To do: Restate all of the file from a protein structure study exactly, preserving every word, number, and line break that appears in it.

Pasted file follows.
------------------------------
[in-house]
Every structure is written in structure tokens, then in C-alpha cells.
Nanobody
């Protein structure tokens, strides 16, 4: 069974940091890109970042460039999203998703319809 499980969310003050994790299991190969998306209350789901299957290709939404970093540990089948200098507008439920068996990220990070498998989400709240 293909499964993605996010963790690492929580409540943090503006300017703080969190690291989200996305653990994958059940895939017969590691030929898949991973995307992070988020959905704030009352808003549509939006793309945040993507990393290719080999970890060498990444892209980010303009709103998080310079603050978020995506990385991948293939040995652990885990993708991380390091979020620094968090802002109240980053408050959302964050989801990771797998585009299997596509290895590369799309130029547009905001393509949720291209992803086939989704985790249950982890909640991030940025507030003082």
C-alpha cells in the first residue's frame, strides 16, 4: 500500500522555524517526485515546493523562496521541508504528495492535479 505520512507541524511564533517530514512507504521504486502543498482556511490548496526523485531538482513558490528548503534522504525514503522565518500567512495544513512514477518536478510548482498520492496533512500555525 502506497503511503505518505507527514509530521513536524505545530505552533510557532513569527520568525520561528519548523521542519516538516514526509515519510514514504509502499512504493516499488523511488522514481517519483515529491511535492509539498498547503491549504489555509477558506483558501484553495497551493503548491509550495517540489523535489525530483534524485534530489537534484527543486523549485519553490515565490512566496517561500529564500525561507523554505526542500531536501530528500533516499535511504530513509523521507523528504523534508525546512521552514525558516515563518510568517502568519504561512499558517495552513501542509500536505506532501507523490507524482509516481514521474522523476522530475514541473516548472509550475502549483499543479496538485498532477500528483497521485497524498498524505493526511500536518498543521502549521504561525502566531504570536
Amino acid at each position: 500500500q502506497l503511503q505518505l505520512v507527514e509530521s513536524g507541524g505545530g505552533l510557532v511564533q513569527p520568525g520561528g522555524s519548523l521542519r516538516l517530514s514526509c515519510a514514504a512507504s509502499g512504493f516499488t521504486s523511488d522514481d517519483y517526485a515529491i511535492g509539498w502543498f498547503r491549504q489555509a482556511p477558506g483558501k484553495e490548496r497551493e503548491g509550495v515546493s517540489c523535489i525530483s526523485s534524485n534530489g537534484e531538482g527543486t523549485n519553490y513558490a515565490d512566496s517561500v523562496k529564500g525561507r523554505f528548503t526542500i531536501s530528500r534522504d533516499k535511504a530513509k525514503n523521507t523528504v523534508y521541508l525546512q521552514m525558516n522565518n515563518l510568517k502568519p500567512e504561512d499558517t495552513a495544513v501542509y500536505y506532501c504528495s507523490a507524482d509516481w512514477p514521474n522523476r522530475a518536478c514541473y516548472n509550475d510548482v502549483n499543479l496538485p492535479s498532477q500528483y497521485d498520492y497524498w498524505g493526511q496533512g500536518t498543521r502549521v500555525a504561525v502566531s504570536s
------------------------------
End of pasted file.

[in-house]
Every structure is written in structure tokens, then in C-alpha cells.
Nanobody
């Protein structure tokens, strides 16, 4: 069974940091890109970042460039999203998703319809 499980969310003050994790299991190969998306209350789901299957290709939404970093540990089948200098507008439920068996990220990070498998989400709240 293909499964993605996010963790690492929580409540943090503006300017703080969190690291989200996305653990994958059940895939017969590691030929898949991973995307992070988020959905704030009352808003549509939006793309945040993507990393290719080999970890060498990444892209980010303009709103998080310079603050978020995506990385991948293939040995652990885990993708991380390091979020620094968090802002109240980053408050959302964050989801990771797998585009299997596509290895590369799309130029547009905001393509949720291209992803086939989704985790249950982890909640991030940025507030003082």
C-alpha cells in the first residue's frame, strides 16, 4: 500500500522555524517526485515546493523562496521541508504528495492535479 505520512507541524511564533517530514512507504521504486502543498482556511490548496526523485531538482513558490528548503534522504525514503522565518500567512495544513512514477518536478510548482498520492496533512500555525 502506497503511503505518505507527514509530521513536524505545530505552533510557532513569527520568525520561528519548523521542519516538516514526509515519510514514504509502499512504493516499488523511488522514481517519483515529491511535492509539498498547503491549504489555509477558506483558501484553495497551493503548491509550495517540489523535489525530483534524485534530489537534484527543486523549485519553490515565490512566496517561500529564500525561507523554505526542500531536501530528500533516499535511504530513509523521507523528504523534508525546512521552514525558516515563518510568517502568519504561512499558517495552513501542509500536505506532501507523490507524482509516481514521474522523476522530475514541473516548472509550475502549483499543479496538485498532477500528483497521485497524498498524505493526511500536518498543521502549521504561525502566531504570536
Amino acid at each position: 500500500q502506497l503511503q505518505l505520512v507527514e509530521s513536524g507541524g505545530g505552533l510557532v511564533q513569527p520568525g520561528g522555524s519548523l521542519r516538516l517530514s514526509c515519510a514514504a512507504s509502499g512504493f516499488t521504486s523511488d522514481d517519483y517526485a515529491i511535492g509539498w502543498f498547503r491549504q489555509a482556511p477558506g483558501k484553495e490548496r497551493e503548491g509550495v515546493s517540489c523535489i525530483s526523485s534524485n534530489g537534484e531538482g527543486t523549485n519553490y513558490a515565490d512566496s517561500v523562496k529564500g525561507r523554505f528548503t526542500i531536501s530528500r534522504d533516499k535511504a530513509k525514503n523521507t523528504v523534508y521541508l525546512q521552514m525558516n522565518n515563518l510568517k502568519p500567512e504561512d499558517t495552513a495544513v501542509y500536505y506532501c504528495s507523490a507524482d509516481w512514477p514521474n522523476r522530475a518536478c514541473y516548472n509550475d510548482v502549483n499543479l496538485p492535479s498532477q500528483y497521485d498520492y497524498w498524505g493526511q496533512g500536518t498543521r502549521v500555525a504561525v502566531s504570536s